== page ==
24 Top Content Marketing Questions Answered in Less than 140 CharactersSometimes, I want quick answers. Don’t give me the whole explanation… just give me an answer and get me on my way.
In that spirit, I put together a list of the top content marketing questions I receive on an ongoing basis, and briefly answered them in (around) 140 characters.
If I missed any that you’d like answered, please put them in the comments, and we can add to this as an ongoing resource.
1. What are some of the best B2C content marketing examples that you like to reference?
2. How about B2B content marketing examples?
Kelly Services, PTC, OpenView Venture Partners, Kinaxsis
3. How do I integrate content marketing in my own company?
Use the SAS model — get the leaders from each department (i.e., email, search, PR, etc.) and have them meet weekly to coordinate content activities.
4. Where do I start with my content marketing strategy?
Develop your content marketing mission statement. Where can you have impact as an authoritative voice? Do this before you develop any more content without strategy.
5. What’s the most underutilized content distribution tool?
SlideShare, and it’s not even close.
6. How do I create more content?
You most likely have enough content. First look at stopping some things that aren’t working and reallocating those resources to quality content initiatives.
7. But my content is not in story-ready form?
True, most companies have content assets, but they aren’t in a compelling form. Hire or contract out a journalist, editor, or natural storyteller to help get those assets into shape.
8. Should I insource or outsource my content?
Most companies do both ( content marketing research here). It doesn’t have to be either or, and there is no silver bullet. Find the resources necessary to get the job done. It will never be perfect, so don’t wait.
9. Should I place my content behind a form or set it free?
It depends on the goal. If the metric you are using is a lead, there has to be a form somewhere. That said, you might get less sharing and awareness…and that may be okay.
10. Do I need an enewsletter?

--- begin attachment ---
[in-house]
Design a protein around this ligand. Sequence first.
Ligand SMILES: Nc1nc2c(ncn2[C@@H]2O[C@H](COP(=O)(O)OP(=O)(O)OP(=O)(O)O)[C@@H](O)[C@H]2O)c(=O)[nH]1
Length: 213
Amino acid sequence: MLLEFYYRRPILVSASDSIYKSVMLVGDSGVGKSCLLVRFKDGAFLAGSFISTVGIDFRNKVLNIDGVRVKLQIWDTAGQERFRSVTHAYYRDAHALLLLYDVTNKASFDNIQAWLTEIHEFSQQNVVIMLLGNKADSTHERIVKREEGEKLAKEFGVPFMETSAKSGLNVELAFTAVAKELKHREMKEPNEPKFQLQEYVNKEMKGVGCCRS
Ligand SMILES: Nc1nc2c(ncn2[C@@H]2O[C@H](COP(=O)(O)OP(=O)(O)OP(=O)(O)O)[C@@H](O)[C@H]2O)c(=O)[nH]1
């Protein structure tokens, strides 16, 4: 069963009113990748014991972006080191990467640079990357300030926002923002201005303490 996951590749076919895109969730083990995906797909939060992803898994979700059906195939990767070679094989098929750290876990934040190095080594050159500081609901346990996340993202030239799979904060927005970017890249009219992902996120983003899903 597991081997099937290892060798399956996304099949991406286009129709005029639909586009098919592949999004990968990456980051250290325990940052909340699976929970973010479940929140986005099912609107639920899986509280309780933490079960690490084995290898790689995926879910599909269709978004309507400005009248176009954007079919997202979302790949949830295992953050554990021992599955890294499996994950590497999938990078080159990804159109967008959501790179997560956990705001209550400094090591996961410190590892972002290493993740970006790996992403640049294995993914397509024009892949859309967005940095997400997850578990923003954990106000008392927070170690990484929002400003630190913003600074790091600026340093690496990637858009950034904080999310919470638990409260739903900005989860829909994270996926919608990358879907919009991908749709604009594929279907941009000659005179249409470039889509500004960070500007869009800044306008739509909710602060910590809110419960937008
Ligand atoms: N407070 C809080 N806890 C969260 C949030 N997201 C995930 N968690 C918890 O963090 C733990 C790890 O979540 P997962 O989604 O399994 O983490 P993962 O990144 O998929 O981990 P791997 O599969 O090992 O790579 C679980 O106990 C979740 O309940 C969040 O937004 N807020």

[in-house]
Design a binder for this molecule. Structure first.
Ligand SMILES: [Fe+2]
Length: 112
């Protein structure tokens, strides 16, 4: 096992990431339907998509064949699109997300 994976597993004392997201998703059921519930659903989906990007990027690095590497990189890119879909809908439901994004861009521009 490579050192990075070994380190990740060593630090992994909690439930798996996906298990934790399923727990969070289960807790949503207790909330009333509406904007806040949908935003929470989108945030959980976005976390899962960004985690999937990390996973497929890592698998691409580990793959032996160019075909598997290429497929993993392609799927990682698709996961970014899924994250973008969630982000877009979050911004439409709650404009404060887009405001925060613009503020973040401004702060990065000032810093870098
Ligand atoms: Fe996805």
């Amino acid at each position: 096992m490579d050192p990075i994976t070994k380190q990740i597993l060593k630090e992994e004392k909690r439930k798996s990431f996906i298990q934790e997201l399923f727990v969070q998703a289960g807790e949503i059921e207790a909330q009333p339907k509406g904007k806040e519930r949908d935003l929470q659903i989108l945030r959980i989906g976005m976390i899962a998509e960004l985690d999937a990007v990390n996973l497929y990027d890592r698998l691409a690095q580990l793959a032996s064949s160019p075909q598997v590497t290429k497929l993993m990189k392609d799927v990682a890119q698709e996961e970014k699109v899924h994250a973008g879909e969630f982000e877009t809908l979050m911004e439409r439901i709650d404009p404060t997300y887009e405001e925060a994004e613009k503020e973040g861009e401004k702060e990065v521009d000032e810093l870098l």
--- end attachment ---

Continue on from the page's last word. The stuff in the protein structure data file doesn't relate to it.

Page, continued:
Email is possibly the greatest owned media channel for brands. To keep that channel alive, you need a consistent flow of amazing content. Blog to email RSS or an enewsletter works just fine.
11. Why in the world would I give away all our knowledge for free?
As the great Don Schultz has always said, communication is the only true competitive advantage. If you don’t help your customers reach greater heights, who will? Your competitors?
12. Do I have to be on Facebook and Twitter?
No, you don’t. But if you are, ask yourself why you are using those channels. As a matter of fact, ask yourself why you are using every channel.
13. How do you get all your content creators on the same page?
Make sure EVERY one of them has a copy of your content marketing mission statement. In most brands, content creators never know what the true reader or company content mission really is.
14. What is the best way to figure out my customer’s pain points?
First, talk to your customers. Then, talk to more customers. Then, listen on Twitter and launch some surveys. Then talk to sales and customer service. Then talk to your customers.
15. How do I measure ROI?
You don’t. Figure out the specific content marketing objective and measure your return on objective. Use the four types of content marketing metrics for guidance.
16. What kind of content works best?
According to Julie Fleischer (Kraft): 1) Have a purpose, 2) Be captivating, 3) Go where the customer is, 4) Timeliness matters, and 5) Know your metrics.
17. What is the difference between content and content marketing?
Content marketing must work to enhance or change a behavior. If it doesn’t, it’s just content.
18. How do I get C-Level buy-in for my content marketing?
Prove it works. Start a pilot. For television shows to get approved, they need a pilot; you do the same. Create a 6-month pilot period using agreed-upon metrics.
19. What is the biggest reason why content marketing initiatives fail?
First, the brand stops producing the content (campaign mentality). Second, inconsistency. Third, it’s not remarkable content.
20. How important is design in your content marketing?
What is the purpose of a magazine’s cover? To get it opened. Much of that depends on design. If your design doesn’t compel people to engage, what’s the point? Invest in design.
21. What is a no-brainer issue that some marketers don’t deal with but can?
Mobile content. There is no reason why your content shouldn’t work on a mobile device. Fix it.
22. Will brands start doing content creation and distribution better than publishers?
In certain niches, some will. But publishers and brands are better together. Brands have more resources, but the media model is changing; I think for the better. Traditional publishers will always be needed.
23. Can’t I just create one content platform for all my customers?
How are broad, horizontal news sources doing these days? Look at what Patagonia does and how many different content platforms they have for different editorial interests.
24. Should I stop everything else and just do content marketing?
Do you want to be fired? Content marketing works with your other marketing, not in replacement of. The issue now is that most brands are underdeveloped in content marketing and we have to catch up.
For more answers to your pressing content marketing questions, join Joe Pulizzi for his keynote at Content Marketing World-Sydney in Sydney, Australia on March 4–6.
Cover image via WWarby.
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